Getting Astronomy Telescopes For The Backyard Stargazer 

OK lets learn about astronomy telescopes. To begin with have you studied the sky? Can you go out and find five constellations and a few stars and planets?

Great now you should try stargazing through binoculars. Using binoculars will give you some great views of the Moon and get you used to the narrow field of view you get looking through optics instead of naked eye viewing.

Alright fine you feel you're ready for your first telescope, good. First there are things you need to figure out.

Where will the scope be used most often? Do you have dark rural skies or light polluted city or suburban locales?

Do you have a favorite spot? Is your watching place easily accessible? Will you need to load the scope into your car and drive some place and then set it up? Or will you be viewing from the backyard?

Will you be able to mount the scope and keep it ready? Or will you have to remove it from the mount every time for transport and/or storage?

How much weight can you comfortably carry around?

Remember the best astronomy telescope is one that gets used the most. If it's too heavy or too complicated too setup and move to your viewing spot it probably won't get used or enjoyed as much.


Now it's time to talk about magnification. Most people think, and a lot of sales' copy emphasize, magnification or power as the important factor. It is not.

This is not the place to begin. The most important feature of astronomy telescopes is aperture size. I will repeat that...The Most Important Feature of Astronomy Telescopes is Aperture Size.

A telescope needs to gather light to be effective and the aperture or lens size is how this is done. A larger aperture means more light gathering ability. So... buy the largest aperture size you can afford all things considered.

Power or magnification is determined by the focal length of the telescope tube divided by the focal length of the eyepiece you are using. So if the scope has a focal length of 300mm and the eyepiece has a 4mm focal length then the power is 75 times (300/4=75).

Just remember that as power or magnifying increases, image sharpness and brightness decreases. To increase magnification you take the same amount of light and spread it over a larger area.

Generally at double power the image will be 1/4 as bright and 1/2 as sharp.

Don't let the department store telescopes fool you with claims of 600x power or zoom or whatever they choose to call it in a 2-3in(50-75mm) telescope.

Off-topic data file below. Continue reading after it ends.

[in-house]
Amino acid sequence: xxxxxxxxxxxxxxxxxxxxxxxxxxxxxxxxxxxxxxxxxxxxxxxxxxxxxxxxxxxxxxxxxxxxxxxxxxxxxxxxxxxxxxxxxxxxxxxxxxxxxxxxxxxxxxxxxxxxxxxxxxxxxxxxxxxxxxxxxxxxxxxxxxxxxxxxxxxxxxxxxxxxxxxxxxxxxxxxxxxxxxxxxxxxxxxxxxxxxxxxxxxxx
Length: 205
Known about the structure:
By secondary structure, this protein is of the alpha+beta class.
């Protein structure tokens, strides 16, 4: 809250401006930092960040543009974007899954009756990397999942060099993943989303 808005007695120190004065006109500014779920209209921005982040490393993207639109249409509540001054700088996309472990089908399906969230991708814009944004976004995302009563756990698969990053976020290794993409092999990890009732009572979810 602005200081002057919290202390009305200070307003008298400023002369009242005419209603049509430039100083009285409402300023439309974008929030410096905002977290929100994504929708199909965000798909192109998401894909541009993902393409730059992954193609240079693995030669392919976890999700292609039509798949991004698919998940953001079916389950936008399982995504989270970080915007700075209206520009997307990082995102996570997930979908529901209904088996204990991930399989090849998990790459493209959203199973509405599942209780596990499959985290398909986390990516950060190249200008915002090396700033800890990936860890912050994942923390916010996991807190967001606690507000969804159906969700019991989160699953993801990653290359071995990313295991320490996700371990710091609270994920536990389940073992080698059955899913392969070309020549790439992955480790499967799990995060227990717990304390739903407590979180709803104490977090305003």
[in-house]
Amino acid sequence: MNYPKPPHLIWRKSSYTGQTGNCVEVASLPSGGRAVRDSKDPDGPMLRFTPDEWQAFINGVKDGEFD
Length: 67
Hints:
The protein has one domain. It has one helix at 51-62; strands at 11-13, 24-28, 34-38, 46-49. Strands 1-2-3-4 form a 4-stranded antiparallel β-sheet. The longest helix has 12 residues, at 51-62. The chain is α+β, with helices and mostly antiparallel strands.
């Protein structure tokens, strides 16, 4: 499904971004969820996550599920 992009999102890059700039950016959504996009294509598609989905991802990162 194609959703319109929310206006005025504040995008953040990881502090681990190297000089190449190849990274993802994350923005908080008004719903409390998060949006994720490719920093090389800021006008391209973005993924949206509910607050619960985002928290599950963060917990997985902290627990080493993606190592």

They may give you the eyepiece to magnify that much but you won't be able to see anything worthwhile.

Maximum power should be about 50 times the aperture size in inches or 2 times the aperture in millimeters. This means a 6inch(150mm) aperture should use at most 300 times magnification.


Budget in some quality eyepieces as well. You may not want or need them at the time of purchase, but if the hobby catches on and you enjoy it you will want additional eyepieces.

Since eyepieces control magnification, once you know the focal length of the telescope you can figure out what length eyepieces you need for a given magnification.

And since you know the formula for useful magnification you can buy eyepieces that will actually allow you to still see quality images through your astronomy telescope.

Colored filters are also useful to help enhance contrast and color of objects. These can help you see features better. A Moon filter for example can dampen some of the brightness of the Moon and help bring craters and other features on the surface into relief.


"Seeing" or atmosphere turbulence will have an effect on how well you can see objects. Turbulence in the air caused by radiating heat as the ground and surrounding areas cool down from the day's Sun can cause a loss of visibility. 

This air turbulence will cause swimming and shimmering of objects as you try to see them. Some nights will be worse than others. You can reduce this distortion effect by using lower magnifications.

Check the "seeing" by looking at the stars, a lot of twinkling means more distortion in the air.

Patience is of value here as the seeing will sometimes clear up for a brief period and you may get a good view of something.

Observe the star Megrez(magnitude 3.4) to see how much can be seen that night. Megrez is the star that connects the handle to the dipper in the Big Dipper asterism in Ursa Major. Any star for which you know the apparent magnitude will do for your local viewing area.

Light pollution is also a factor. Light glow from surrounding cities and towns will be magnified by your telescope, so again lower power may be more beneficial to viewing.

Also when you get to your spot and get set up take about half an hour or so to let your eyes adjust to the darkness.

This will expand the pupils and allow your eyes to gather more light and see better.

The telescope will also need this time to cool down to outside temperature. A scope needs about ½ hour to an hour to cool down. Larger telescopes take longer and the greater the difference in temperature the longer it can take as well.

If you are using star charts or otherwise need light to see, use a red light or a flashlight covered with red cellophane so as not to ruin your night vision. 


There a three basic types of astronomy telescopes for the backyard stargazer:

Refractor, Reflector, and Cassegrain.

The next question is always..."Which one should I buy?" The answer is “I don't know”.

Only you can answer that question but I have some factors to help you weigh that decision.

Remember though my recommendations are based on my opinions yours will vary.

Take all the info and do your homework then make an informed decision.

Click the links to see some facts about each type of scope and my recommendations.

Refracting telescopes Refractor recommendations

Reflector telescopes Reflector recommendations

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